In my last post Camouflage, transition and summer plans, I announced that I’d review a “transition” book every week for the summer. With the weather at 95+ degrees these past few days, I’ve decided to start my summer project a bit early.
The first book I read, Glass Ceilings & 100 Hour Couples: What the Opt-out phenomenon can teach us about work and family, is a compelling research- heavy book on the challenges faced by women who try to integrate family and other priorities into their working reality, particularly in a two-earner household whose earners each work 50+ hours weekly.
The book immediately got me thinking about research on longevity conducted at the Harvard Medical School. Dr. Robert Giffith investigated characteristics of centenarians and published a report in 2004. He found that the key reason for longevity in centenarians is their adaptive capacity.
Ladies, my book summary is simple: we have longevity nailed based upon what we need to do to maintain work and family over the long-term. We are adaptability experts.
In the book authors Dianne Shandy and Karine Moe present a carefully researched view of what we can learn from the opt-out phenomenon. The book attempted a deep dive into the trends driving the “Opt out revolution” reported by Lisa Belkins for the New York Times in October 2003. In that early “controversial” report Belkins focused on a trend in which highly educated women with children chose to exit the workplace.
I found the book itself a metaphor for the “adaptability” required of every woman who tries to integrate family or other priorities with paid work. You see the authors initially sought to explore a very small demographic of the working female population featured in Belkin’s 2003 work. However, they quickly found that their research revealed issues faced by ALL women who seek to combine work with other responsibilities. In response, they expanded their scope and wrote a terrific book.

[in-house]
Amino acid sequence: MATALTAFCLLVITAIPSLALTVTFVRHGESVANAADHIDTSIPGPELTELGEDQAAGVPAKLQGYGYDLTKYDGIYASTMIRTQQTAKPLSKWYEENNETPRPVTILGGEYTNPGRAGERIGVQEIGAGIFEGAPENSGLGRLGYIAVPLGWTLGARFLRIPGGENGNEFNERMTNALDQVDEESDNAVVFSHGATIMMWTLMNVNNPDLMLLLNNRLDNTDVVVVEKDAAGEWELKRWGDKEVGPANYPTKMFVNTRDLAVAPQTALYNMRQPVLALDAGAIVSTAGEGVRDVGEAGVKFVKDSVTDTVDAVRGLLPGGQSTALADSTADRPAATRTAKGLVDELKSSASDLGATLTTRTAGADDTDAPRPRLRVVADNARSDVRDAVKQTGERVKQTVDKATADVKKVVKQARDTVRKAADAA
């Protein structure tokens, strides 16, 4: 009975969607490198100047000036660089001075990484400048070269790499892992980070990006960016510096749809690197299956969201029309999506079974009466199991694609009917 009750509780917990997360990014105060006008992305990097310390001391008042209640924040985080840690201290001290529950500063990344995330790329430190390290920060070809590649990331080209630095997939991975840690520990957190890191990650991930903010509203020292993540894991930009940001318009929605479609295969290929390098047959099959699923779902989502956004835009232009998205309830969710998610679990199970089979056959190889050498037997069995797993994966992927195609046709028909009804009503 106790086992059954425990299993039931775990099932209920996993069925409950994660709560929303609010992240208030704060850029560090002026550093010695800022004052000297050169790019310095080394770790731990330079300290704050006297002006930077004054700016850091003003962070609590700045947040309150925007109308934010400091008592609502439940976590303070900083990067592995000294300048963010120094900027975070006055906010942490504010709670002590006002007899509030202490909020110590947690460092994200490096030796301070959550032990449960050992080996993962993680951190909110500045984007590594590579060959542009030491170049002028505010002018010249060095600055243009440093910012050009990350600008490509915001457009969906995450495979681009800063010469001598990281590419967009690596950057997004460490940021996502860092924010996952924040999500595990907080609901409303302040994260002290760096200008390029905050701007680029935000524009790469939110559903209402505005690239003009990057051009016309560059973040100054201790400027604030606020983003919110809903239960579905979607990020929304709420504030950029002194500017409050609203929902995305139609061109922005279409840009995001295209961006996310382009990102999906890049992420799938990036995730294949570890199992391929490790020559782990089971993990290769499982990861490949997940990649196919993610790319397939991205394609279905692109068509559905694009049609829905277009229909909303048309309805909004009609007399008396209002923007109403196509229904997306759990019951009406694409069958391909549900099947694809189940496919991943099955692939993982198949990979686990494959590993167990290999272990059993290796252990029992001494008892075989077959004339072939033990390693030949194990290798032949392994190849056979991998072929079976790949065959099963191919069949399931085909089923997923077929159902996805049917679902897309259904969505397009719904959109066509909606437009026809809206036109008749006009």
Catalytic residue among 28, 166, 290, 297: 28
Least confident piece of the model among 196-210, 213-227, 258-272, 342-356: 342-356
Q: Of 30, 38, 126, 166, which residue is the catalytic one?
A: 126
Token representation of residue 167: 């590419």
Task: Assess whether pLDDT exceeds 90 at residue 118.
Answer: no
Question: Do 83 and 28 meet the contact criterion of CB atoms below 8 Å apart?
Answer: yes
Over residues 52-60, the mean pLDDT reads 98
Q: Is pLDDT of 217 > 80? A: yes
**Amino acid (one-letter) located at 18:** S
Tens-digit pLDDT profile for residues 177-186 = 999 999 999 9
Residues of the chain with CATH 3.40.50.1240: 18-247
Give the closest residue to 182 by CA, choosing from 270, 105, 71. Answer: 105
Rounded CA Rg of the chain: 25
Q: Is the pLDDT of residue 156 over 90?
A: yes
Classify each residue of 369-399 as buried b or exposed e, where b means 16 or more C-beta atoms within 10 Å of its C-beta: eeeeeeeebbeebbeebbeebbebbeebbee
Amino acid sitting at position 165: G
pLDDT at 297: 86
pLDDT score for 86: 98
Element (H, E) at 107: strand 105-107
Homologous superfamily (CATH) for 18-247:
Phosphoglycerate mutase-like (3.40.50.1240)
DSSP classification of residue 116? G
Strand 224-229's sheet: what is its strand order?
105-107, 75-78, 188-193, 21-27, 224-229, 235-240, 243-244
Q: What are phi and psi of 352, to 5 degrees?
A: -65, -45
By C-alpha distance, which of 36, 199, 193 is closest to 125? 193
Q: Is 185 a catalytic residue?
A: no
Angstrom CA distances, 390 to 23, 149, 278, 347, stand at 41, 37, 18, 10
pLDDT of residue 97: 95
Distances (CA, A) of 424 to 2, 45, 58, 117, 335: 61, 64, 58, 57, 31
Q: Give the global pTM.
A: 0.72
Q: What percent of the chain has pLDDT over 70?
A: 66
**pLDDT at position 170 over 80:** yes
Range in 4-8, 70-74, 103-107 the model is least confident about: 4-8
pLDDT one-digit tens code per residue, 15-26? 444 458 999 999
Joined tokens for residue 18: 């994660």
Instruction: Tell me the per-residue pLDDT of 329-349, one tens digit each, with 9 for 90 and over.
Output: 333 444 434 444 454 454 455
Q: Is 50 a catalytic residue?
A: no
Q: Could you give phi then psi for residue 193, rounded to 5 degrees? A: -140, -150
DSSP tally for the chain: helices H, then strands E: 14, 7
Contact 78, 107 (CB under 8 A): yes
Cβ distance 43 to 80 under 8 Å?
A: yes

The data sprinkled throughout the book is captivating. Did you know…
- The number of American women who hold college degrees more than tripled between 1970 and 2007. Women today in their mid-twenties to early thirties are more educated than their male counterparts. (Glass Ceilings, Shandy & Moe, pg 175)
- The rate of women with children under 18 who participated in the workforce dipped from 73% in 2000 to 70.6% in 2006 according to the Bureau of Labor Statistics “Women in the Labor Force” Databook. (Glass Ceilings, Shandy & Moe, pg 23)
- Primary research conducted by the authors revealed that almost half (49%) of women had reduced their work hours at some point in order to balance family needs. 40% changed jobs for family reasons. (Glass Ceilings, Shandy & Moe, pg 27)
- In 2003 6.8% of women were self-employed, a >25% increase since 1980. (Glass Ceilings, Shandy & Moe, pg 153)
- 30% of privately held companies, or 7.7 million, are majority women-owned. Only 12.6% have employees, but this equates to more than 7 million workers. (Glass Ceilings, Shandy & Moe, pg 153)
Ultimately the authors land on “flexibility” as a key attribute sought in the workplace by most women with children under 18. Before reading Glass Ceilings I probably knew that but the authors present a myriad of societal and social issues faced by women in a compelling fashion that is well worth the read. A sprinkling of their topics include our children’s notion of gender; our social identities, maternal walls, adaptive strategies, wage penalties, and on and on.
The authors also allude to the need for a significant structural change in the workplace; a change that would incorporate flexibility wholeheartedly. In the meantime, we continue to re-imagine ourselves, our careers and our family concepts. Have you bumped into transition issues as a result of work and family issues? Have you found flexibility in your current employment situation? Did you have to create flexibility on your own via a job change or other means?
The funny feminist side of the book leaves a heavy question for the reader: “does realizing one’s potential at work, having a life of the mind, and making contributions to society have to be seen in opposition to having a family? Why is this question asked of women but not of men?” (Glass Ceilings, Shandy & Moe, pg 179) More on that in another post.
Prior to reading Glass Ceilings I hadn’t thought of transitions in the frame of adaptability and flexibility. My sense is that there is something there. Maybe we’ll find it in the next book….
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